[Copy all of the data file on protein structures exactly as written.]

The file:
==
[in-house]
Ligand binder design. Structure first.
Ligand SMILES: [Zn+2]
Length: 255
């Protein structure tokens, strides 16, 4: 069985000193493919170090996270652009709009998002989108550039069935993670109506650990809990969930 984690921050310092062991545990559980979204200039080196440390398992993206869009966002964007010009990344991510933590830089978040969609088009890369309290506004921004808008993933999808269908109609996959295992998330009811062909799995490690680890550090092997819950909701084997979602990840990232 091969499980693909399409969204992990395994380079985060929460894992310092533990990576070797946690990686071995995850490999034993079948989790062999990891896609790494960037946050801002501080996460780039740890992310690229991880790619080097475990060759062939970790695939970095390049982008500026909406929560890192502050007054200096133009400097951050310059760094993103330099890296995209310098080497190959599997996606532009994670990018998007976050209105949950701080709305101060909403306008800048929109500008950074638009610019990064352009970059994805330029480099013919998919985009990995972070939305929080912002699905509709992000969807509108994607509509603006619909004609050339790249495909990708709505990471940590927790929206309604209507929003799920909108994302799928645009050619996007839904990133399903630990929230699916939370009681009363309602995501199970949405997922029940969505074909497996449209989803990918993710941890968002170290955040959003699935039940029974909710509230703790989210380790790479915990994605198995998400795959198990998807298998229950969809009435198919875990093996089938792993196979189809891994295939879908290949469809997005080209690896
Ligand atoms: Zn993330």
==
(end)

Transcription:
[in-house]
Ligand binder design. Structure first.
Ligand SMILES: [Zn+2]
Length: 255
């Protein structure tokens, strides 16, 4: 069985000193493919170090996270652009709009998002989108550039069935993670109506650990809990969930 984690921050310092062991545990559980979204200039080196440390398992993206869009966002964007010009990344991510933590830089978040969609088009890369309290506004921004808008993933999808269908109609996959295992998330009811062909799995490690680890550090092997819950909701084997979602990840990232 091969499980693909399409969204992990395994380079985060929460894992310092533990990576070797946690990686071995995850490999034993079948989790062999990891896609790494960037946050801002501080996460780039740890992310690229991880790619080097475990060759062939970790695939970095390049982008500026909406929560890192502050007054200096133009400097951050310059760094993103330099890296995209310098080497190959599997996606532009994670990018998007976050209105949950701080709305101060909403306008800048929109500008950074638009610019990064352009970059994805330029480099013919998919985009990995972070939305929080912002699905509709992000969807509108994607509509603006619909004609050339790249495909990708709505990471940590927790929206309604209507929003799920909108994302799928645009050619996007839904990133399903630990929230699916939370009681009363309602995501199970949405997922029940969505074909497996449209989803990918993710941890968002170290955040959003699935039940029974909710509230703790989210380790790479915990994605198995998400795959198990998807298998229950969809009435198919875990093996089938792993196979189809891994295939879908290949469809997005080209690896
Ligand atoms: Zn993330």